Animal Rights and the Wrongness of Killing

2. Animal Rights and Justice for Animals

2.3 Non-Utilitarian Theories of Rights and Justice

Book cover: A Theory of Justice by John Rawls

In the previous section, we saw how finding out that animals do not possess 'moral rights' does not preclude us from having other kinds of obligations to animals. This question about the limits of the scope of application of certain types of moral strictures also applies to the demands of justice. Objections to killing human beings are often based on such demands. Do we owe justice to animals? A utilitarian could, perchance, settle on a utilitarian theory of justice, from those available, that entails that animals are not the kind of creatures to whom we can owe justice. In this case, the utilitarian could simply conclude that the demands of justice cannot exhaust our obligations.

These observations apply equally to non-utilitarian theories of moral rights and justice. Consider, for example, a claim theory of rights and a Rawlsian ideal contract theory of justice. Within a claim theory of rights, animals cannot possibly have rights because they cannot make claims on their own behalf. Similarly, within Rawls' ideal contract theory, as articulated in his A Theory of Justice [1972], animals cannot possibly be owed justice because they cannot be contractors. In both these cases, such theories simply raise the question of whether 'moral rights' and 'justice' in these senses prescribe the sum total of our obligations.

As explanations of commonly held basic moral judgements, these two types of theories fail because of their exclusion of mental defectives and very young children from the class of beings that possess rights and are owed justice. In the case of Rawls' contract theory, the exclusion of animals from the class of the recipients of justice is compensated by Rawls [1967: 512] by their inclusion under duties of compassion and humanity. However, his attempt to include very young children within the ambit of justice by appealing to their potentialities [1967: 504f, 509], in order that his contract theory will accord with considered intuitions, is clearly ad hoc.

Rawls [1967: 509] considers this manoeuvre of including children whilst excluding animals defensible on the grounds that 'regarding the potentiality [of children] as sufficient accords with the hypothetical nature of the original position, and with the idea that as far as possible the choice of principles should not be influenced by arbitrary contingencies.' This move fits poorly with Rawls' [1967: 12, 120, 136–42] stipulated intention behind the hypothetical nature of the contract and the veil of ignorance, which was to guarantee unanimity of agreement over principles of justice and the fairness of these principles in their application to the contractors. The inclusion of very young children within the terms of justice furthers neither of these aims and so is not necessitated by the demands of coherence.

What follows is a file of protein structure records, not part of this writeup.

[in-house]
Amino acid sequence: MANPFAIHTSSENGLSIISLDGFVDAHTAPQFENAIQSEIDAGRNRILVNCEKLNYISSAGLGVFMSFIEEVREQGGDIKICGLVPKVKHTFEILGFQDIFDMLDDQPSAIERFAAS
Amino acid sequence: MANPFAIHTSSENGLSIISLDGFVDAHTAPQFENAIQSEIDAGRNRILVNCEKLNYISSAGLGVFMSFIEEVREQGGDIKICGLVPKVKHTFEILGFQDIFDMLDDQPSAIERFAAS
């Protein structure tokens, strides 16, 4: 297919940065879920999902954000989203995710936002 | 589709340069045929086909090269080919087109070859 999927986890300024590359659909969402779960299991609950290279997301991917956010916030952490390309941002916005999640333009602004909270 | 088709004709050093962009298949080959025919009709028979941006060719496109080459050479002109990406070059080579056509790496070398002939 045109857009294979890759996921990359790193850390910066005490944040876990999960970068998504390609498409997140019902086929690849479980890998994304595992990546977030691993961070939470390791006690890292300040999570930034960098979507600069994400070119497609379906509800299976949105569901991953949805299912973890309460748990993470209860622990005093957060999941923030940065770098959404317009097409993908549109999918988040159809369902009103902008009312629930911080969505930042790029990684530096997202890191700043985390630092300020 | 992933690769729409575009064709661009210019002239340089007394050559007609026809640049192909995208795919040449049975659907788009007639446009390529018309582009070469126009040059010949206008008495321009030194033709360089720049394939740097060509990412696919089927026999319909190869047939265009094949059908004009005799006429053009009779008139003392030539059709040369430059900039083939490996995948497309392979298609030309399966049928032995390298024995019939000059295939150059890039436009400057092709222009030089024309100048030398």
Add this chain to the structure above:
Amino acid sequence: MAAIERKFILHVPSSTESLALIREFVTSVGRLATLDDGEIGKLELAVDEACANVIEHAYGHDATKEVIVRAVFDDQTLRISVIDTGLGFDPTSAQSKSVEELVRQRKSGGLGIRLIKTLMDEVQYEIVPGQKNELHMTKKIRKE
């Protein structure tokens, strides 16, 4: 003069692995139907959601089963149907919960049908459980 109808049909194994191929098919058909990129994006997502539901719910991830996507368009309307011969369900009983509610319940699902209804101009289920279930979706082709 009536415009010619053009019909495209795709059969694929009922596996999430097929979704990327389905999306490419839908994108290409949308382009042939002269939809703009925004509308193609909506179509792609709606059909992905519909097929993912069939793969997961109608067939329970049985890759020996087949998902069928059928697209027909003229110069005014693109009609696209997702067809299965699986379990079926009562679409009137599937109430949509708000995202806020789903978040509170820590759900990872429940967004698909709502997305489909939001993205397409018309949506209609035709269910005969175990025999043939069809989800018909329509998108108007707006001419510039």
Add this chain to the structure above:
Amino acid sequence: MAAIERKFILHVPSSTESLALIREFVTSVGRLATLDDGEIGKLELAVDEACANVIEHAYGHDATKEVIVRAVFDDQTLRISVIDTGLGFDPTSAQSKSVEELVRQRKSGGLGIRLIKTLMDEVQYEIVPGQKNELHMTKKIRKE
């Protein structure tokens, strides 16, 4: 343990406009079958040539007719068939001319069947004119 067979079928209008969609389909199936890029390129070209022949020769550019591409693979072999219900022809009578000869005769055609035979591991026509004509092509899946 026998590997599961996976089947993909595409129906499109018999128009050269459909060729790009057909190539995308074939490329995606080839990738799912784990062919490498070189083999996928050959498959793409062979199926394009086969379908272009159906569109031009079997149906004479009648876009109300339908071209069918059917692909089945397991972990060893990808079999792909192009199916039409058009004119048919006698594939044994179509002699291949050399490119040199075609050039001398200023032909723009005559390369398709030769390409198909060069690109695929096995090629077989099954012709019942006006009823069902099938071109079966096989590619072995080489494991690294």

If Rawls now wants to expand the hypothetical nature of the contract so as to include 'undeveloped capacities' for rationality and autonomy as an 'arbitrary contingency' and 'fortuitous circumstance' that must be eliminated as a partial determinant of the content of the principles of justice, then there can no longer be any a priori barrier to including also 'no capacities' for rationality and autonomy as an 'arbitrary contingency' and 'fortuitous circumstance'. Young children with undeveloped capacities are just as unable to enter into contractual arrangements as dogs with no capacities. If Rawls' hypothetical original position is to include the former, I can think of no non-arbitrary reason for not including the latter.

In making this concession to ordinary moral sentiments, Rawls is retreating from his original conception of the contract. Instead of watering down his contract theory, it may be easier for Rawlsians simply to include children in our duties of compassion and humanity, as with animals. With this restricted scope, his theory of justice will lose some of its explanatory power. However, within the scope of the theory, it will lose none of its prescriptive force.

Because of these conceptual difficulties involved in determining which beings are owed just treatment and which possess moral rights, I will not deal with this issue further here. For a utilitarian, the concepts of 'justice' and 'moral right', whenever they are used, are not morally primitive notions. These concepts derive from the more primitive ethical duty to maximize utility. For this reason, I will not rely on these notions for the purpose of this essay.

Copyright © 2015

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